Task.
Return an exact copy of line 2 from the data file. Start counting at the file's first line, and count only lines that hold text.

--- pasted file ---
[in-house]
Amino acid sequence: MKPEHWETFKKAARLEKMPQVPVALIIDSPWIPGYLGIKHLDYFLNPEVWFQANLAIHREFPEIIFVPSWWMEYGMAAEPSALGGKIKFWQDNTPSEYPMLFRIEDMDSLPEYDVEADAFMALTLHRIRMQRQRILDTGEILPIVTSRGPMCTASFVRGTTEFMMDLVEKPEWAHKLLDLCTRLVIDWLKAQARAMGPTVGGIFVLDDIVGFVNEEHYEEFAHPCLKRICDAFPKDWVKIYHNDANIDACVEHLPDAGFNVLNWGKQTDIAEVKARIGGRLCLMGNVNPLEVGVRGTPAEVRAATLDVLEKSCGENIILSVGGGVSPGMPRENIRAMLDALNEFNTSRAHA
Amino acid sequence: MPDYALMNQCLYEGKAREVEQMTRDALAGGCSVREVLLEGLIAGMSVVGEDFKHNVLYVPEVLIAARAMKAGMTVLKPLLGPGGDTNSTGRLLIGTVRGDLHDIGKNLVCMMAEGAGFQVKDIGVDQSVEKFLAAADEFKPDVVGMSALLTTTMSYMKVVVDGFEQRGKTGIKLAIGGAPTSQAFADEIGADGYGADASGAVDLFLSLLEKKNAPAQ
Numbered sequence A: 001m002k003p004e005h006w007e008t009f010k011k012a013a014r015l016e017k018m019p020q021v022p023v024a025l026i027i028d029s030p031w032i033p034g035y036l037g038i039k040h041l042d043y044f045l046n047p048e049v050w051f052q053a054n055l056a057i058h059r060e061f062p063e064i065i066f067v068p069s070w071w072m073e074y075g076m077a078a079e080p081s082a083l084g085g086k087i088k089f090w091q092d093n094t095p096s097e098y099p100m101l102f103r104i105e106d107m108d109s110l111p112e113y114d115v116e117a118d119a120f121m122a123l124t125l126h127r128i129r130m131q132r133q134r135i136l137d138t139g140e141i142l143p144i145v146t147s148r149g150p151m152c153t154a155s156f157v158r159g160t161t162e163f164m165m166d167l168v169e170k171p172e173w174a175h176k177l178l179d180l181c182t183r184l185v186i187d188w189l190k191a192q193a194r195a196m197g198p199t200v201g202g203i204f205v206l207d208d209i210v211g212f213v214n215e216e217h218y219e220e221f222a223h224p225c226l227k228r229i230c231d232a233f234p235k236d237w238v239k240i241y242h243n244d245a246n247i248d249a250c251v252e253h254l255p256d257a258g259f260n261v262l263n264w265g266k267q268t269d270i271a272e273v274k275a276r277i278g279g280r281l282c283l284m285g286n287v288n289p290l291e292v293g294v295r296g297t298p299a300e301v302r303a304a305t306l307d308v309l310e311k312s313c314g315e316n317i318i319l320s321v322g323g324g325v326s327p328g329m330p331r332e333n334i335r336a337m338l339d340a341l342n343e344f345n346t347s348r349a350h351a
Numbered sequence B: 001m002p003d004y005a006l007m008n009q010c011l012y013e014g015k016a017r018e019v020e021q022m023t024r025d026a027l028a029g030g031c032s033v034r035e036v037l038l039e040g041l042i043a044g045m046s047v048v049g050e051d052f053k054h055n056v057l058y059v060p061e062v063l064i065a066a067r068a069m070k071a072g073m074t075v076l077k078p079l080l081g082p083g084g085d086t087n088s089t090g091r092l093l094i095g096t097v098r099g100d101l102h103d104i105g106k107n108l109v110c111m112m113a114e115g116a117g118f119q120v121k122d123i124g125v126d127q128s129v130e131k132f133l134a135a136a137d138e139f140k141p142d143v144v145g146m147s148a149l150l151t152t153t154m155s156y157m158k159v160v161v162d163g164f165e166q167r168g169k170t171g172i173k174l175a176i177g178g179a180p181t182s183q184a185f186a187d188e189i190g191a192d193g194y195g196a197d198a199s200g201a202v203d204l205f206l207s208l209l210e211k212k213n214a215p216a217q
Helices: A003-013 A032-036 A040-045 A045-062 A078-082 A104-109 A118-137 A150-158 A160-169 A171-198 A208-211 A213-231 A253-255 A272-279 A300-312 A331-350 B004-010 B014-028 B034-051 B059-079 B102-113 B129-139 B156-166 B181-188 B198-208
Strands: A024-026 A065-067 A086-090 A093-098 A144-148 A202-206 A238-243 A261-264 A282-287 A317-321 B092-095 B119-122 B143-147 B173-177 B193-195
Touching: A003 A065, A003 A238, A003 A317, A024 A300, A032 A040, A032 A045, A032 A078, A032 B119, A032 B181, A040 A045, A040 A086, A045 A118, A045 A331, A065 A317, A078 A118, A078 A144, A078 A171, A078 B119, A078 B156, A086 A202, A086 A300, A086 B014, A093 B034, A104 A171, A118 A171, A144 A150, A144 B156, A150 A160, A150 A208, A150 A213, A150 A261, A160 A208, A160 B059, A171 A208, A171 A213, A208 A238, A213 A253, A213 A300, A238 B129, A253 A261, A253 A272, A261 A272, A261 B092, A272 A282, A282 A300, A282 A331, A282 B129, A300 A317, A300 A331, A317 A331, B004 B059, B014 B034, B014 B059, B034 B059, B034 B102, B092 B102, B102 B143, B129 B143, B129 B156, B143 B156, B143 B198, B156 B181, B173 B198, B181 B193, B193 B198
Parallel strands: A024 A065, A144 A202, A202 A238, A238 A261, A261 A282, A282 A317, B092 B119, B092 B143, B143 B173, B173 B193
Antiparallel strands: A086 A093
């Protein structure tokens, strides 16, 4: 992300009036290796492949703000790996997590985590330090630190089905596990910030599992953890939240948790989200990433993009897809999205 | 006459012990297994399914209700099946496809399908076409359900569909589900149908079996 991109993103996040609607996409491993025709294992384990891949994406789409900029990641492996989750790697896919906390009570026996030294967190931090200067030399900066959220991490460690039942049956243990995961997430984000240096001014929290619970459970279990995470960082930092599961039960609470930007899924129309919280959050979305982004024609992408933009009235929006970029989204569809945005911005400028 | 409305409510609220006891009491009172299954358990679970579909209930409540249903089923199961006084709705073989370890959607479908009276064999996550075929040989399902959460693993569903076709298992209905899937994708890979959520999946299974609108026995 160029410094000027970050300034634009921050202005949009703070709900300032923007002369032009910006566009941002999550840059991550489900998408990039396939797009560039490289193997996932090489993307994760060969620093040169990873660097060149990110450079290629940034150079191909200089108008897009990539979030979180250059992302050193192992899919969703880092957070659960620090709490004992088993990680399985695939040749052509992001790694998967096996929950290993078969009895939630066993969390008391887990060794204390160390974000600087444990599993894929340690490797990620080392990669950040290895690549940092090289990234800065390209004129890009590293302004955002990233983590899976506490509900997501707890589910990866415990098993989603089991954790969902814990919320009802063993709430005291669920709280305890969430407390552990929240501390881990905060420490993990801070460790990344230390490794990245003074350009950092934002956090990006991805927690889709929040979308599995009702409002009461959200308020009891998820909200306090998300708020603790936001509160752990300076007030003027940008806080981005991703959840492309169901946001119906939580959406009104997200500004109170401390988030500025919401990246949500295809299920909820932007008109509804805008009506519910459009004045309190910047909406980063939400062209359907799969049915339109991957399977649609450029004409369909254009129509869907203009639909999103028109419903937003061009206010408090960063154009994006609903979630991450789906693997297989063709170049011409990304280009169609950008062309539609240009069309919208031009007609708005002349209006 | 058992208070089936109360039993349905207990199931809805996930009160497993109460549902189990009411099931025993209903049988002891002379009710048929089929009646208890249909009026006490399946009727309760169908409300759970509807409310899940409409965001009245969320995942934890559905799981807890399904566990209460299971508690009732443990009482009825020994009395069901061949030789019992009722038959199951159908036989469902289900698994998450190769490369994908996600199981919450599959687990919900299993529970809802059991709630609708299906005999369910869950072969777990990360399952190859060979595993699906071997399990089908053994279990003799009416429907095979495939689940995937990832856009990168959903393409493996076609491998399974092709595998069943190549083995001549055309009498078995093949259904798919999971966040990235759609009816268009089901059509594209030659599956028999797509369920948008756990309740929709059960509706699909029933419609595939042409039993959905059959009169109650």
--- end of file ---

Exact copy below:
Amino acid sequence: MKPEHWETFKKAARLEKMPQVPVALIIDSPWIPGYLGIKHLDYFLNPEVWFQANLAIHREFPEIIFVPSWWMEYGMAAEPSALGGKIKFWQDNTPSEYPMLFRIEDMDSLPEYDVEADAFMALTLHRIRMQRQRILDTGEILPIVTSRGPMCTASFVRGTTEFMMDLVEKPEWAHKLLDLCTRLVIDWLKAQARAMGPTVGGIFVLDDIVGFVNEEHYEEFAHPCLKRICDAFPKDWVKIYHNDANIDACVEHLPDAGFNVLNWGKQTDIAEVKARIGGRLCLMGNVNPLEVGVRGTPAEVRAATLDVLEKSCGENIILSVGGGVSPGMPRENIRAMLDALNEFNTSRAHA